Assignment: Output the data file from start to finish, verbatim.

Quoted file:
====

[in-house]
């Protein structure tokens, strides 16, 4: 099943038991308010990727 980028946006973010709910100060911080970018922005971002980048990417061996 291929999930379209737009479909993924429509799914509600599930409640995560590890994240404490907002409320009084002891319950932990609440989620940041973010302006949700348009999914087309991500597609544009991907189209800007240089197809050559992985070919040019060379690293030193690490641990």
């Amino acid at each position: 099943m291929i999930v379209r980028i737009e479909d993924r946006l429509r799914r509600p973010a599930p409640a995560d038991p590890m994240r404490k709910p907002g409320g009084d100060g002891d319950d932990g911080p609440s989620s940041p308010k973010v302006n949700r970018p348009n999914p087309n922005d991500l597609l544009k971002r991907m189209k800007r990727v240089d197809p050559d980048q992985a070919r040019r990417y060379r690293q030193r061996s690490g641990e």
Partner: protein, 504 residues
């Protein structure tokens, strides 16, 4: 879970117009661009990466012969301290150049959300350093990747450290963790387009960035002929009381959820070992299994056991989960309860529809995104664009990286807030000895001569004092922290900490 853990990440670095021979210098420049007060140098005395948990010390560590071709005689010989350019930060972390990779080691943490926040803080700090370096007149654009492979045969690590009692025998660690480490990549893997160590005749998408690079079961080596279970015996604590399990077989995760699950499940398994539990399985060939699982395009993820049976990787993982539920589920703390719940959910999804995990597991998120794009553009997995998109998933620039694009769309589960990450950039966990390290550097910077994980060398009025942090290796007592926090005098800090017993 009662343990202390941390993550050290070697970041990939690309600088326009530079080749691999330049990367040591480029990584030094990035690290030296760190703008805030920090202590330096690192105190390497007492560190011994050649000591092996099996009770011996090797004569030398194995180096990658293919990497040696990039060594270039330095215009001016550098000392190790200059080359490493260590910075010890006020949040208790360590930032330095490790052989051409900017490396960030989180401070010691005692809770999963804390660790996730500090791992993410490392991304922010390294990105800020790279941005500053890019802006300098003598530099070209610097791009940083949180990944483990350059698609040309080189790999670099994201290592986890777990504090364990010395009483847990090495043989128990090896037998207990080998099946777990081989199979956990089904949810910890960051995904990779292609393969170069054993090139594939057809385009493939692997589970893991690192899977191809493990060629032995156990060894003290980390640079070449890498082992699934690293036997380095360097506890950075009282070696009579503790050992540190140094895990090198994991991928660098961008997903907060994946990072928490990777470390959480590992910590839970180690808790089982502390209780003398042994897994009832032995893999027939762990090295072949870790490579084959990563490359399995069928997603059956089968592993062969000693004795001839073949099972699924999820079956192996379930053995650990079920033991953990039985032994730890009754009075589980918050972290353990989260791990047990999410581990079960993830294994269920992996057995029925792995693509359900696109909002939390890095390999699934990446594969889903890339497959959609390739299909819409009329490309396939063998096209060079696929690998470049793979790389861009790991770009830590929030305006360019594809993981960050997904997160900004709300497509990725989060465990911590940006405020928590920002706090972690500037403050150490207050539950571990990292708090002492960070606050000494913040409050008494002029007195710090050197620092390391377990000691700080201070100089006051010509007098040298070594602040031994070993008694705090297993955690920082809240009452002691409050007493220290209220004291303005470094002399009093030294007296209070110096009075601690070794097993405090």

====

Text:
[in-house]
């Protein structure tokens, strides 16, 4: 099943038991308010990727 980028946006973010709910100060911080970018922005971002980048990417061996 291929999930379209737009479909993924429509799914509600599930409640995560590890994240404490907002409320009084002891319950932990609440989620940041973010302006949700348009999914087309991500597609544009991907189209800007240089197809050559992985070919040019060379690293030193690490641990």
């Amino acid at each position: 099943m291929i999930v379209r980028i737009e479909d993924r946006l429509r799914r509600p973010a599930p409640a995560d038991p590890m994240r404490k709910p907002g409320g009084d100060g002891d319950d932990g911080p609440s989620s940041p308010k973010v302006n949700r970018p348009n999914p087309n922005d991500l597609l544009k971002r991907m189209k800007r990727v240089d197809p050559d980048q992985a070919r040019r990417y060379r690293q030193r061996s690490g641990e």
Partner: protein, 504 residues
């Protein structure tokens, strides 16, 4: 879970117009661009990466012969301290150049959300350093990747450290963790387009960035002929009381959820070992299994056991989960309860529809995104664009990286807030000895001569004092922290900490 853990990440670095021979210098420049007060140098005395948990010390560590071709005689010989350019930060972390990779080691943490926040803080700090370096007149654009492979045969690590009692025998660690480490990549893997160590005749998408690079079961080596279970015996604590399990077989995760699950499940398994539990399985060939699982395009993820049976990787993982539920589920703390719940959910999804995990597991998120794009553009997995998109998933620039694009769309589960990450950039966990390290550097910077994980060398009025942090290796007592926090005098800090017993 009662343990202390941390993550050290070697970041990939690309600088326009530079080749691999330049990367040591480029990584030094990035690290030296760190703008805030920090202590330096690192105190390497007492560190011994050649000591092996099996009770011996090797004569030398194995180096990658293919990497040696990039060594270039330095215009001016550098000392190790200059080359490493260590910075010890006020949040208790360590930032330095490790052989051409900017490396960030989180401070010691005692809770999963804390660790996730500090791992993410490392991304922010390294990105800020790279941005500053890019802006300098003598530099070209610097791009940083949180990944483990350059698609040309080189790999670099994201290592986890777990504090364990010395009483847990090495043989128990090896037998207990080998099946777990081989199979956990089904949810910890960051995904990779292609393969170069054993090139594939057809385009493939692997589970893991690192899977191809493990060629032995156990060894003290980390640079070449890498082992699934690293036997380095360097506890950075009282070696009579503790050992540190140094895990090198994991991928660098961008997903907060994946990072928490990777470390959480590992910590839970180690808790089982502390209780003398042994897994009832032995893999027939762990090295072949870790490579084959990563490359399995069928997603059956089968592993062969000693004795001839073949099972699924999820079956192996379930053995650990079920033991953990039985032994730890009754009075589980918050972290353990989260791990047990999410581990079960993830294994269920992996057995029925792995693509359900696109909002939390890095390999699934990446594969889903890339497959959609390739299909819409009329490309396939063998096209060079696929690998470049793979790389861009790991770009830590929030305006360019594809993981960050997904997160900004709300497509990725989060465990911590940006405020928590920002706090972690500037403050150490207050539950571990990292708090002492960070606050000494913040409050008494002029007195710090050197620092390391377990000691700080201070100089006051010509007098040298070594602040031994070993008694705090297993955690920082809240009452002691409050007493220290209220004291303005470094002399009093030294007296209070110096009075601690070794097993405090």